A. Here’s the problem:
In a courtroom, you can't win your case without a sufficient amount of compelling evidence. Likewise, you may make potentially thoughtful, even important statements about characters, themes, images, or scenes in literature, but you can't convince me if I don’t know what led you to make that statement. The interpretation is there but not the supporting evidence. Occasionally, evidence is given, but it does not match or support the idea it is attached to.
B. What to do:
Evidence, which I will also refer to as concrete detail, generally takes two forms in an expository paragraph. If you have a sentence or two from the text which illustrate the point you want to make, quote the passage verbatim. On the other hand, if your example is an entire scene, write a sentence or phrase briefly establishing the connection between your idea and the relevant action or scene.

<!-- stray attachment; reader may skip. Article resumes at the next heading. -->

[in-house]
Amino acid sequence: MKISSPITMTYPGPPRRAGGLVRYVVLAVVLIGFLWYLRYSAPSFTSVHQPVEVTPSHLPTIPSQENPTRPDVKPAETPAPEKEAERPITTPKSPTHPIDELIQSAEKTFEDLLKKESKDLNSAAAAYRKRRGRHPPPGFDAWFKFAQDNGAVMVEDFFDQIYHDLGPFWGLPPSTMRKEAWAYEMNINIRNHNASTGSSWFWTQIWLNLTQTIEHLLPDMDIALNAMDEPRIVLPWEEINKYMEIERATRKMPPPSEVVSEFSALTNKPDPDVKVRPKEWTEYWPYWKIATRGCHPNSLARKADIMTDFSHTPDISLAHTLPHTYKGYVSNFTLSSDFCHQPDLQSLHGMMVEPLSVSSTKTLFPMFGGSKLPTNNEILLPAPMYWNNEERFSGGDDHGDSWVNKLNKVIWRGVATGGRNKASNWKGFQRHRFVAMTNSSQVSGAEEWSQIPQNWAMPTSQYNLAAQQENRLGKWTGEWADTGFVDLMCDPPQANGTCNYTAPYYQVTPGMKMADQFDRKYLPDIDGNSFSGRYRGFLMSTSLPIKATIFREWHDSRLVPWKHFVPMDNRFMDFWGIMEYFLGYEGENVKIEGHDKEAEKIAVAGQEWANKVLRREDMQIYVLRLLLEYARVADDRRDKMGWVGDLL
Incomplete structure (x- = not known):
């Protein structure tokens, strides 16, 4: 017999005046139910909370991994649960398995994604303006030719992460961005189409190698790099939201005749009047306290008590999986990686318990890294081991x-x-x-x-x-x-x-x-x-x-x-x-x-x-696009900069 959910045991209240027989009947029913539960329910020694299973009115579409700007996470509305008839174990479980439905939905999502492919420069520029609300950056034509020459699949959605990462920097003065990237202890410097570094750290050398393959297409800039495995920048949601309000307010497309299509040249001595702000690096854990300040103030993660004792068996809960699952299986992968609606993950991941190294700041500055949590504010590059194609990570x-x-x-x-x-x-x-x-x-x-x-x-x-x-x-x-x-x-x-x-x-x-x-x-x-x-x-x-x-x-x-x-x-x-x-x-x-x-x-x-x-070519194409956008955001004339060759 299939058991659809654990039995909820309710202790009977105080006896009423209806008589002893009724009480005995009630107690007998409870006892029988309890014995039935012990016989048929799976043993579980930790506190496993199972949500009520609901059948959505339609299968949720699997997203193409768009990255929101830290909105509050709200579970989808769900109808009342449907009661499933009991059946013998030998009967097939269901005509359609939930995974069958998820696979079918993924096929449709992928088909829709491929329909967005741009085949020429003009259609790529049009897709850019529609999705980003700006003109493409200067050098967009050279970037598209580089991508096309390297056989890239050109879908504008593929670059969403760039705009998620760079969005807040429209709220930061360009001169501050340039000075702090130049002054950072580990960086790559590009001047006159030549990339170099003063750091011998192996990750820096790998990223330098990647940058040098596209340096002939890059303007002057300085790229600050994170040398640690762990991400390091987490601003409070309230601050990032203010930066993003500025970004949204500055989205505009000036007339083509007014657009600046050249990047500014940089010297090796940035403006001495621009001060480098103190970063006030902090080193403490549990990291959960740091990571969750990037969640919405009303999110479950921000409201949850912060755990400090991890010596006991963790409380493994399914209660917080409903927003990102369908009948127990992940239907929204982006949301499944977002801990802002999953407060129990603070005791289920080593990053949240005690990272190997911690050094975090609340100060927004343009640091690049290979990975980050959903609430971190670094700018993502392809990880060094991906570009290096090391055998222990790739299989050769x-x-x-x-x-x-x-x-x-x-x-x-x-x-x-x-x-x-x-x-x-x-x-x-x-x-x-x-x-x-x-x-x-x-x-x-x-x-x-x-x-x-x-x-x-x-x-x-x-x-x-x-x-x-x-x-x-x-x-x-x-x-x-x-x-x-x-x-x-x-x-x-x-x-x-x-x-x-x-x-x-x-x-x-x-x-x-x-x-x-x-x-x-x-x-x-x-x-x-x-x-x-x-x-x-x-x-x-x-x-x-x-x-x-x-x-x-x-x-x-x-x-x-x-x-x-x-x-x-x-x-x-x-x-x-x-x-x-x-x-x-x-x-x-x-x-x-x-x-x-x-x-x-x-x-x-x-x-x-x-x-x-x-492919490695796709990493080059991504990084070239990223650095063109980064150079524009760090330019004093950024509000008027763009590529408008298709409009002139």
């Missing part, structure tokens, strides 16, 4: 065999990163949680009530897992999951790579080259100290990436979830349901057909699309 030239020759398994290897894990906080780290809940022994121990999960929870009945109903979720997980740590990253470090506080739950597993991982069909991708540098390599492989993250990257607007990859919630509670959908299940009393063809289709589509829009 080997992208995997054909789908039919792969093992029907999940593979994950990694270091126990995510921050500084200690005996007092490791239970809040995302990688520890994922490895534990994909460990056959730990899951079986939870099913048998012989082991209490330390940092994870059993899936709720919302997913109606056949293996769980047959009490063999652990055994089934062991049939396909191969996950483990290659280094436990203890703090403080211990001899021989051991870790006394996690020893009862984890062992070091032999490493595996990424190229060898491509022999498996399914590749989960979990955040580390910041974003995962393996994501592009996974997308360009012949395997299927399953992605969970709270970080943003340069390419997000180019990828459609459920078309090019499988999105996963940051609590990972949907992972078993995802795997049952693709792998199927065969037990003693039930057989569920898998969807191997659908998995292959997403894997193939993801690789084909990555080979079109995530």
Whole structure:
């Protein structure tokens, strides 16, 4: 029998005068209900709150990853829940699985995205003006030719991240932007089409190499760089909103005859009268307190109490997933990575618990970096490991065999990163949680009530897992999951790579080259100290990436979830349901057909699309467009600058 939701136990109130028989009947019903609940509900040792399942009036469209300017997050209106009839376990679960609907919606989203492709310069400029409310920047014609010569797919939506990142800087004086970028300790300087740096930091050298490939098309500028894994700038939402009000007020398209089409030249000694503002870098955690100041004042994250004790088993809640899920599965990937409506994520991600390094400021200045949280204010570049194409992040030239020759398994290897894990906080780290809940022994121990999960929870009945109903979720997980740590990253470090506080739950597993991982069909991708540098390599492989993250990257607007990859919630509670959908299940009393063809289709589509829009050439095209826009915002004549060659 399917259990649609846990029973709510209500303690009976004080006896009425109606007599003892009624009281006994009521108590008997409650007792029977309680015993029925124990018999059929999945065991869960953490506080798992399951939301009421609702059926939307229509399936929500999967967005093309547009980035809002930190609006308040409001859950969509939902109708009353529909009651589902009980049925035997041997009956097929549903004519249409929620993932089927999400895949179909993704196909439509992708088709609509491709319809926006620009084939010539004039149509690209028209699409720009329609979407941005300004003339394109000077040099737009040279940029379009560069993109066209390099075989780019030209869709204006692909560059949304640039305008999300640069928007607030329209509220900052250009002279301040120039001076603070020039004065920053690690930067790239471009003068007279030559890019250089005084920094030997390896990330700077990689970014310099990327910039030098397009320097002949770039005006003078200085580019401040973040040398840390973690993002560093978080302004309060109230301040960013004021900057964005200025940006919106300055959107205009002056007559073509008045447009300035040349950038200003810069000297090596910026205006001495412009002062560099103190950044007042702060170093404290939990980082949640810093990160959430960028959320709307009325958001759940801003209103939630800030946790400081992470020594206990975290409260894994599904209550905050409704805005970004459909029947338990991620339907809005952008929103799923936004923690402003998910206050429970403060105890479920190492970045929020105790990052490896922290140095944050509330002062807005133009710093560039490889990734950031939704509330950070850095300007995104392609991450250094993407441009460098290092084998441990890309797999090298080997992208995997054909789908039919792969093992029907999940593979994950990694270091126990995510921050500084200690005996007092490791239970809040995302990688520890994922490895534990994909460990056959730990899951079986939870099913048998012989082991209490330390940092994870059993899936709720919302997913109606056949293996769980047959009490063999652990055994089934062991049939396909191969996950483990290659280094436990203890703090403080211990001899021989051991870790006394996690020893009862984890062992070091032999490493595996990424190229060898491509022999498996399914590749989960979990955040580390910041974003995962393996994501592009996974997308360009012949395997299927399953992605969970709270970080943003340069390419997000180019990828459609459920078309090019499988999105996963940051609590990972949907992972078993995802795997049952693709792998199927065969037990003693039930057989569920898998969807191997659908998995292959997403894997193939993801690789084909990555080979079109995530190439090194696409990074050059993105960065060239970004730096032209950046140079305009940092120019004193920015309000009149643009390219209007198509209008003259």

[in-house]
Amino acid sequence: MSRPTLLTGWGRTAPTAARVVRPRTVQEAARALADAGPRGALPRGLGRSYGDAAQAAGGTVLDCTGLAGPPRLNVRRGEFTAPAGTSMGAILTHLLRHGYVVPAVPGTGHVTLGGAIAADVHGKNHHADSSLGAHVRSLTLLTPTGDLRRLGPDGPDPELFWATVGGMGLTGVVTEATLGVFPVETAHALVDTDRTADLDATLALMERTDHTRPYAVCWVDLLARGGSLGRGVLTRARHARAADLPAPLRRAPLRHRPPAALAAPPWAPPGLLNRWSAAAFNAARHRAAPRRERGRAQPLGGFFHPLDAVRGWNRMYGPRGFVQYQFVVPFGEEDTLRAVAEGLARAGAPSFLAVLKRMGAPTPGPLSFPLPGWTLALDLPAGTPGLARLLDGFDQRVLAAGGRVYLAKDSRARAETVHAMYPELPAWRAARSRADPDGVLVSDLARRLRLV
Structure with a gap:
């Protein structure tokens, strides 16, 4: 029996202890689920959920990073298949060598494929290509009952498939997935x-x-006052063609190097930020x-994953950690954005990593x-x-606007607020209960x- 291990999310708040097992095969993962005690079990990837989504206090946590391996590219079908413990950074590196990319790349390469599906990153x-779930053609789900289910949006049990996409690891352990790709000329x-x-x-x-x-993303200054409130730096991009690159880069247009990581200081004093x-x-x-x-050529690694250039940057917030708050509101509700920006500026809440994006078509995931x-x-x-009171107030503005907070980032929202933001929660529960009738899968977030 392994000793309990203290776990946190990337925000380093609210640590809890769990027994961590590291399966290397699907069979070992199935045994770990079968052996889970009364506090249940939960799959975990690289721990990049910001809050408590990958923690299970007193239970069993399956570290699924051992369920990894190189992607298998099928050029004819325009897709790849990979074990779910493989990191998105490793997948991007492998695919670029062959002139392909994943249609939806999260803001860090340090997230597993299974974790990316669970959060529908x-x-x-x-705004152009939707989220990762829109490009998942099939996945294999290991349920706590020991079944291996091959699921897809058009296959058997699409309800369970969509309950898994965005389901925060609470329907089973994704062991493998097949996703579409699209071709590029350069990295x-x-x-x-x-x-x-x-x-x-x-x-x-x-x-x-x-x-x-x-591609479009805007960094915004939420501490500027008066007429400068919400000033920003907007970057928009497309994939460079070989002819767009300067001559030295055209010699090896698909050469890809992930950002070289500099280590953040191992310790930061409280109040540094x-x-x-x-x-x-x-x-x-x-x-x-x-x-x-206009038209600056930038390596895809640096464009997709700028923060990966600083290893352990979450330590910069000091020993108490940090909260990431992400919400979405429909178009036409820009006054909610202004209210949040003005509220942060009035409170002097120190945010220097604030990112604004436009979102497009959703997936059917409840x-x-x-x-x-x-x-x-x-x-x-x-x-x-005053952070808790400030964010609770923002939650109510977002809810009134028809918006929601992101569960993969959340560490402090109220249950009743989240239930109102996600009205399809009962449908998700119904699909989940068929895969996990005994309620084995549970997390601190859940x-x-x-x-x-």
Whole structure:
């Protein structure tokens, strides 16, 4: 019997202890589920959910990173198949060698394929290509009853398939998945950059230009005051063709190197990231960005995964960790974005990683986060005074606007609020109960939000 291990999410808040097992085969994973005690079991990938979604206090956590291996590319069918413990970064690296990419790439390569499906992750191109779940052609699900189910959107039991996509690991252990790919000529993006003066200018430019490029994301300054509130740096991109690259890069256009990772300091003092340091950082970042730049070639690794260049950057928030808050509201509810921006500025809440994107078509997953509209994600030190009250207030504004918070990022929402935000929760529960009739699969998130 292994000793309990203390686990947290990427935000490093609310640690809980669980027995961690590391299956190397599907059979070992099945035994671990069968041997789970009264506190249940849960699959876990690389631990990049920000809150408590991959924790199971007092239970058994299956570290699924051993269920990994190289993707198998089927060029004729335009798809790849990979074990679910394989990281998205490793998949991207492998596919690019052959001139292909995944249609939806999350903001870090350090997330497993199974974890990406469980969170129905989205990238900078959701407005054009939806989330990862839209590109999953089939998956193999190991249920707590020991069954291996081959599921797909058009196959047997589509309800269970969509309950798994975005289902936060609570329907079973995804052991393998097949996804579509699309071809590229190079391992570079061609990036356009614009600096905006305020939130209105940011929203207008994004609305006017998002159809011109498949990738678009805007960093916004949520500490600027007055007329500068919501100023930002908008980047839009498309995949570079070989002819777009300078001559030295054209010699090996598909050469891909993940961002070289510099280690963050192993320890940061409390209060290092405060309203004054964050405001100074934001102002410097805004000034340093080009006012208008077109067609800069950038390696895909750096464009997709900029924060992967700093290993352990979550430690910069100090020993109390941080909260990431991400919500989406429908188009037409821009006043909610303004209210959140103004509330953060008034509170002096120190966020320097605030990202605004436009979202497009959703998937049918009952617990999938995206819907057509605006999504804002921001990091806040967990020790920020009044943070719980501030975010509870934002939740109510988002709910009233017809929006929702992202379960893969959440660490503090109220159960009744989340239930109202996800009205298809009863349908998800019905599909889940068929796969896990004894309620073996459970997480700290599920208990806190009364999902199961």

C. Example: I was immediately attracted to Darcy early on because of his distinct distaste for the stupidity of high society’s traditions, and his want to separate himself from that which he found useless. I also believe Darcy was more clever than merely shy because . . .
Corrected Version: I was immediately attracted to Darcy early on because of his distinct distaste for the stupidity of high society’s traditions, and his want to separate himself from that which he found useless. His standing apart at the Netherfield Ball and his distaste for the insipid chatter of Mrs. Bennet and Lady Lucas reveal good judgment as much as pride. I also believe Darcy was more clever than merely shy because . . .
D. Now you try—write a revised version of the following passage.
1. The marriage of Charlotte to Mr. Collins is established on false pretenses. Charlotte weds Mr. Collins for his prominent social status and remarkable wealth. She convinces herself that she is in love with the dimwitted Collins. Charlotte is entranced by her new lifestyle and social position, and is thus blind to Collins’ undesirable qualities. “Mr. Collins was not a sensible man, and the deficiency of nature had been but little assisted by education or society.”
E. For more information or additional practice, check the following sources: